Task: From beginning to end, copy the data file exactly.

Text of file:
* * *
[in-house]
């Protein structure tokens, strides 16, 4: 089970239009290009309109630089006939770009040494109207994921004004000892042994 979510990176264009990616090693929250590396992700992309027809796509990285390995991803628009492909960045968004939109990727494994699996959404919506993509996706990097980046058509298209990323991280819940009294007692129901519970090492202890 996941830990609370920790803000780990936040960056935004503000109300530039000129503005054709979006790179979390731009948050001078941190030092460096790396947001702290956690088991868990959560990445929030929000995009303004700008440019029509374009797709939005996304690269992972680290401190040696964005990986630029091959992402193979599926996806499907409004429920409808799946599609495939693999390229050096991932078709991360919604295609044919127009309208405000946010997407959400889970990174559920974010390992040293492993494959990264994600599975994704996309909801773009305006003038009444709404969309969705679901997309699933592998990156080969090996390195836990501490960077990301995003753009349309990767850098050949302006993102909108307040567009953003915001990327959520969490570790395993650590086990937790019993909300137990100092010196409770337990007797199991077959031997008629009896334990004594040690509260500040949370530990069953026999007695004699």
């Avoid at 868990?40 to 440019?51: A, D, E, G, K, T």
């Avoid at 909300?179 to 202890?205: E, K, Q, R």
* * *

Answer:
[in-house]
């Protein structure tokens, strides 16, 4: 089970239009290009309109630089006939770009040494109207994921004004000892042994 979510990176264009990616090693929250590396992700992309027809796509990285390995991803628009492909960045968004939109990727494994699996959404919506993509996706990097980046058509298209990323991280819940009294007692129901519970090492202890 996941830990609370920790803000780990936040960056935004503000109300530039000129503005054709979006790179979390731009948050001078941190030092460096790396947001702290956690088991868990959560990445929030929000995009303004700008440019029509374009797709939005996304690269992972680290401190040696964005990986630029091959992402193979599926996806499907409004429920409808799946599609495939693999390229050096991932078709991360919604295609044919127009309208405000946010997407959400889970990174559920974010390992040293492993494959990264994600599975994704996309909801773009305006003038009444709404969309969705679901997309699933592998990156080969090996390195836990501490960077990301995003753009349309990767850098050949302006993102909108307040567009953003915001990327959520969490570790395993650590086990937790019993909300137990100092010196409770337990007797199991077959031997008629009896334990004594040690509260500040949370530990069953026999007695004699």
């Avoid at 868990?40 to 440019?51: A, D, E, G, K, T």
């Avoid at 909300?179 to 202890?205: E, K, Q, R």